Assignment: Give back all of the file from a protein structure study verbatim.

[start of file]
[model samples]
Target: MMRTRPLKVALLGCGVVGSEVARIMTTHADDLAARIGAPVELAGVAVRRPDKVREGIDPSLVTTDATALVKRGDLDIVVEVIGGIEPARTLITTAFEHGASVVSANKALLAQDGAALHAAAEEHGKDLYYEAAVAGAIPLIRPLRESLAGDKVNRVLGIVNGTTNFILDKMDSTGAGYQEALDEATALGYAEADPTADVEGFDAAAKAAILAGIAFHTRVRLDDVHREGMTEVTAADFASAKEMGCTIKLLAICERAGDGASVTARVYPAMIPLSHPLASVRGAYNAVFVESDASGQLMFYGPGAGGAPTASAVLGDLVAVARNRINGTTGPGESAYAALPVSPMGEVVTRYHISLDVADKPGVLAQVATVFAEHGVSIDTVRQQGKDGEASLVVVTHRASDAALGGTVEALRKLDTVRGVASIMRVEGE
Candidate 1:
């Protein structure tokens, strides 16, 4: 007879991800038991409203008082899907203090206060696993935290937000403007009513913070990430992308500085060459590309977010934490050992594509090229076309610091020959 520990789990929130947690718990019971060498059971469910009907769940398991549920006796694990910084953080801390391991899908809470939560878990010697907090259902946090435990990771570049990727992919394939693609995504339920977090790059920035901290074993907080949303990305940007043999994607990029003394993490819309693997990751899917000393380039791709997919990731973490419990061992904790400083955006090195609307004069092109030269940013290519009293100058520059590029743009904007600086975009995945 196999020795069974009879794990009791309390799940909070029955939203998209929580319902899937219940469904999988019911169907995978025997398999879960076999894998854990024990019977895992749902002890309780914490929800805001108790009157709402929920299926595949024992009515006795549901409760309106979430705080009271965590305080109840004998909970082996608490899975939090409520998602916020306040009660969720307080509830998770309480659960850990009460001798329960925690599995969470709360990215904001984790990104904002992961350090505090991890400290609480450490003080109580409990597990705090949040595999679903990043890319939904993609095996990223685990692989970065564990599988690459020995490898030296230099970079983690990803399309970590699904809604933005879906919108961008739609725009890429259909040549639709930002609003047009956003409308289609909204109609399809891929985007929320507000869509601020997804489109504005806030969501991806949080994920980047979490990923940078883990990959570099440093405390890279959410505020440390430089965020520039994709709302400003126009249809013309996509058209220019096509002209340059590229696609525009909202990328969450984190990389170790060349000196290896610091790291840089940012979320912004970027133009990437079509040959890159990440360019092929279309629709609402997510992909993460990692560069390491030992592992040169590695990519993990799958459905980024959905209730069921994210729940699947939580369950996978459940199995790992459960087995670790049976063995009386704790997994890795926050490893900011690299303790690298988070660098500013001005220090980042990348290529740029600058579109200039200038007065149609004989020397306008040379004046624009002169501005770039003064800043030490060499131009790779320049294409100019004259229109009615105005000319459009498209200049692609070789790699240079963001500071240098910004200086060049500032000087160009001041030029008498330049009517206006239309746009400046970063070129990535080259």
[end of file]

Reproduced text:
[model samples]
Target: MMRTRPLKVALLGCGVVGSEVARIMTTHADDLAARIGAPVELAGVAVRRPDKVREGIDPSLVTTDATALVKRGDLDIVVEVIGGIEPARTLITTAFEHGASVVSANKALLAQDGAALHAAAEEHGKDLYYEAAVAGAIPLIRPLRESLAGDKVNRVLGIVNGTTNFILDKMDSTGAGYQEALDEATALGYAEADPTADVEGFDAAAKAAILAGIAFHTRVRLDDVHREGMTEVTAADFASAKEMGCTIKLLAICERAGDGASVTARVYPAMIPLSHPLASVRGAYNAVFVESDASGQLMFYGPGAGGAPTASAVLGDLVAVARNRINGTTGPGESAYAALPVSPMGEVVTRYHISLDVADKPGVLAQVATVFAEHGVSIDTVRQQGKDGEASLVVVTHRASDAALGGTVEALRKLDTVRGVASIMRVEGE
Candidate 1:
């Protein structure tokens, strides 16, 4: 007879991800038991409203008082899907203090206060696993935290937000403007009513913070990430992308500085060459590309977010934490050992594509090229076309610091020959 520990789990929130947690718990019971060498059971469910009907769940398991549920006796694990910084953080801390391991899908809470939560878990010697907090259902946090435990990771570049990727992919394939693609995504339920977090790059920035901290074993907080949303990305940007043999994607990029003394993490819309693997990751899917000393380039791709997919990731973490419990061992904790400083955006090195609307004069092109030269940013290519009293100058520059590029743009904007600086975009995945 196999020795069974009879794990009791309390799940909070029955939203998209929580319902899937219940469904999988019911169907995978025997398999879960076999894998854990024990019977895992749902002890309780914490929800805001108790009157709402929920299926595949024992009515006795549901409760309106979430705080009271965590305080109840004998909970082996608490899975939090409520998602916020306040009660969720307080509830998770309480659960850990009460001798329960925690599995969470709360990215904001984790990104904002992961350090505090991890400290609480450490003080109580409990597990705090949040595999679903990043890319939904993609095996990223685990692989970065564990599988690459020995490898030296230099970079983690990803399309970590699904809604933005879906919108961008739609725009890429259909040549639709930002609003047009956003409308289609909204109609399809891929985007929320507000869509601020997804489109504005806030969501991806949080994920980047979490990923940078883990990959570099440093405390890279959410505020440390430089965020520039994709709302400003126009249809013309996509058209220019096509002209340059590229696609525009909202990328969450984190990389170790060349000196290896610091790291840089940012979320912004970027133009990437079509040959890159990440360019092929279309629709609402997510992909993460990692560069390491030992592992040169590695990519993990799958459905980024959905209730069921994210729940699947939580369950996978459940199995790992459960087995670790049976063995009386704790997994890795926050490893900011690299303790690298988070660098500013001005220090980042990348290529740029600058579109200039200038007065149609004989020397306008040379004046624009002169501005770039003064800043030490060499131009790779320049294409100019004259229109009615105005000319459009498209200049692609070789790699240079963001500071240098910004200086060049500032000087160009001041030029008498330049009517206006239309746009400046970063070129990535080259």